proposed to realize dual targeting for the chemotherapy of glioblastoma, wherein Angiopep-2 traversed
the BBB and further targeted tumor cells (Huang et al., 2011).

References
A. Gabizon, R. Catane, B. Uziely et al., Prolonged circulation time and enhanced accumulation in
malignant exudates of doxorubicin encapsulated in polyethylene-glycol coated liposomes, Cancer
Research, vol. 54, no. 4, pp. 987992, 1994.
D. C. Drummond and D. Kirpotin, Liposomes useful for drug delivery to the brain, US2007/0110798,
2007.
D. B. Kirpotin, J. W. Park, K. Hong et al., Targeting of liposomes to solid tumors: the case of sterically
stabilized anti-HER2 immunoliposomes, Journal of Liposome Research, vol. 7, no. 4, pp. 391417,
1997.
Demeule, M.; Regina, A.; Che, C.; Poirier, J.; Nguyen, T.; Gabathuler, R.; Castaigne, J. P.; Beliveau, R.
Identification and design of peptides as a new drug delivery system for the brain. J. Pharmacol. Exp. Ther.
2008, 324 (3), 106472.
Fiala M, Liu PT, Espinosa-Jeffrey A, Rosenthal MJ, Bernard G, Ringman JM, et al. Innate immunity and
transcription of MGAT-III and Toll-like receptors in Alzheimers disease patients are improved by
bisdemethoxycurcumin. Proc Natl Acad Sci USA. 2007;104:1284954.[PMC free article] [PubMed]
Frautschy SA, Hu W. Phenolic anti inflammatory antioxidant reversal of b induced cognitive deficits and
neuropathology. Neurobiol Aging. 2001;22:9931005. [PubMed]

Hawkins, B. T.; Davis, T. P. The blood-brain barrier/ neurovascular unit in health and disease. Pharmacol.
Rev. 2005, 57 (2), 17385.
Huang, S.; Li, J.; Han, L.; Liu, S.; Ma, H.; Huang, R.; Jiang, C. Dual targeting effect of Angiopep-2modified, DNA-loaded nanoparticles for glioma. Biomaterials 2011, 32 (28), 68328.
Hutchinson, E. Blood-brain barrier: Plugging the leak. Nat. Rev. Neurosci. 2010, 11 (12), 789.
Narlawar R, Pickhardt M, Leuchtenberger S, Baumann K, Krause S, Dyrks T, et al. Curcumin-derived
pyrazoles and isoxazoles: Swiss army knives or blunt tools for Alzheimers disease? Chem Med
Chem.2008;3:16572. [PubMed]
Yan, H.; Wang, L.; Wang, J.; Weng, X.; Lei, H.; Wang, X.; Jiang, L.; Zhu, J.; Lu, W.; Wei, X.; Li, C. Twoorder targeted brain tumor imaging by using an optical/paramagnetic nanoprobe across the blood brain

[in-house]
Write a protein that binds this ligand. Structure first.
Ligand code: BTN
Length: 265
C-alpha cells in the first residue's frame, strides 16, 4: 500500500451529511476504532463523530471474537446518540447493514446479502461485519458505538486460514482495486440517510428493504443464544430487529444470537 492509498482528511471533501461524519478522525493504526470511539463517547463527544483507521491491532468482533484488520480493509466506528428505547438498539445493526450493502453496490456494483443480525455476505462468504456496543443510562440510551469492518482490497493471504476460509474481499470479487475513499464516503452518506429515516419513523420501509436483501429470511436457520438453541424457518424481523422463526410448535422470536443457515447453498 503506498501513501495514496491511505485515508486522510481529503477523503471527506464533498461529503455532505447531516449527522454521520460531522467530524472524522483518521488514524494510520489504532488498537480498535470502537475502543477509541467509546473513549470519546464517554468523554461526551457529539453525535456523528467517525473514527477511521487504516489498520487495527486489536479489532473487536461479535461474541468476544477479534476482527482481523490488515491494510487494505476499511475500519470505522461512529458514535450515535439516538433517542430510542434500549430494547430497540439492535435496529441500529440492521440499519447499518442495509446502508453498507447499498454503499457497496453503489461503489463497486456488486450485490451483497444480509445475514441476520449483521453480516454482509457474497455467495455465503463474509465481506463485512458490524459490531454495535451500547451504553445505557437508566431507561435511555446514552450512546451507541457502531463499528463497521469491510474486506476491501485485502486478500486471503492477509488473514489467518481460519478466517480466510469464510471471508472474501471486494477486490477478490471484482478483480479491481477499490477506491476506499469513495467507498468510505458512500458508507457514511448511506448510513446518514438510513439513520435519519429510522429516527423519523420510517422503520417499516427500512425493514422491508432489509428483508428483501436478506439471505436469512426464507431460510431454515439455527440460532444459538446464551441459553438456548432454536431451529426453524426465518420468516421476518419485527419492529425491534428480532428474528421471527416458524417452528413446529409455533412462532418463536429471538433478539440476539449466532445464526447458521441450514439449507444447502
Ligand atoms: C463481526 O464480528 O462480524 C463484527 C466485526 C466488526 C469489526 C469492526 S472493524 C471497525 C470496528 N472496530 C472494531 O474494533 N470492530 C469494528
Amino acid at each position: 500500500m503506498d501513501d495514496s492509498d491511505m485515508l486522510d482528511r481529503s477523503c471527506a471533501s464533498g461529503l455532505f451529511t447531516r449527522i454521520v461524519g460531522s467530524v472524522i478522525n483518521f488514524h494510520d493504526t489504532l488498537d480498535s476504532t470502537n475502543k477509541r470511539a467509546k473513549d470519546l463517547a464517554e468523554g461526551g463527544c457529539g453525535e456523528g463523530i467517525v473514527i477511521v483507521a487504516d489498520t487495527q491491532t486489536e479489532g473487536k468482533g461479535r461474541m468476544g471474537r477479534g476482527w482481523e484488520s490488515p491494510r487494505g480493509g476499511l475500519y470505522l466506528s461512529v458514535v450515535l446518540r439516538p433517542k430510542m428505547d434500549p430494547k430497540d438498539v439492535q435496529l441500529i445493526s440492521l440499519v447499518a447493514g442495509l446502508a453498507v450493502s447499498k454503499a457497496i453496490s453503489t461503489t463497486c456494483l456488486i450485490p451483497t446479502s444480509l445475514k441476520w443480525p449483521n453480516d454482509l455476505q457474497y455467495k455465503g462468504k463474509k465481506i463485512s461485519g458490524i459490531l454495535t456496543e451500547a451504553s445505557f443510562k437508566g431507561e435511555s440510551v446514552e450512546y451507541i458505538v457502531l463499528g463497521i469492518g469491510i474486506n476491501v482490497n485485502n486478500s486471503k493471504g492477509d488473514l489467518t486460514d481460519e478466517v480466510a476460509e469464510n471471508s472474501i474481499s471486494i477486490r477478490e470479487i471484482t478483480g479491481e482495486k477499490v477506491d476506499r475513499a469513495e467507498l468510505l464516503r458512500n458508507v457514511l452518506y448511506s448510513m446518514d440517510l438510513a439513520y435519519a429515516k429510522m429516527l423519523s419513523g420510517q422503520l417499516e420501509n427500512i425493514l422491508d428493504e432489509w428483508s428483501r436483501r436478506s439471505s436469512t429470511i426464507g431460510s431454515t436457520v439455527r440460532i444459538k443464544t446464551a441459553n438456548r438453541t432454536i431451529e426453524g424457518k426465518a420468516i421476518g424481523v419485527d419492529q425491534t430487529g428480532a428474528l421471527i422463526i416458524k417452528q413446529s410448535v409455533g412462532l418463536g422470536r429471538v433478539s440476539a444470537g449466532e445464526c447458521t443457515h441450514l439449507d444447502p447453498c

barrier. ACS Nano 2012, 6 (1), 41020.
Yang F, Lim GP, Begum AN, Ubeda OJ, Simmons MR, Ambegaokar SS, et al. Curcumin inhibits
formation of amyloid beta oligomers and fibrils, binds plaques, and reduces amyloid in vivo. J Biol
Chem. 2005;280:5892901. [PubMed]
Van Rooy I., Mastrobattista E., Storm G., Hennink W.E., Schiffelers R.M. Comparison of five different
targeting ligands to enhance accumulation of liposomes into the brain. J. Control. Release. 2011;150:30
36. doi: 10.1016/j.jconrel.2010.11.014. [PubMed] [Cross Ref]
Zhang L, Fiala M, Cashman J, Sayre J, Espinosa A, Mahanian M, et al. Curcuminoids enhance amyloid
-beta uptake by macrophages of Alzheimer's disease patients. J Alzheimers Dis. 2006;10:17. [PubMed]

Conclusion

Curcumin which is contained in turmeric has been shown to increase the phagocytosis of amyloid-

beta, effectively clearing them from the brains of patients with Alzheimer Disease
Tissue-specific gene delivery using immunoliposomes has been achieved in brain
Polyethylene glycol has also been added to the surface of liposomes in order to prevent liposomal-

aggregation in solution, to decrease liposomal uptake by the reticuloendothelial system, and to


increase the half-life of the liposomal formulation.
Peptide-based ligands have been widely used to facilitate brain-targeted drug delivery for the ease of

functionalization. When modified on the surface of nanocarriers, those ligands inspire brain-targeted
drug delivery and possess high potential for the diagnosis and therapy of CNS diseases.
Angiopep-2 possesses high potential for inspiring brain targeted drug delivery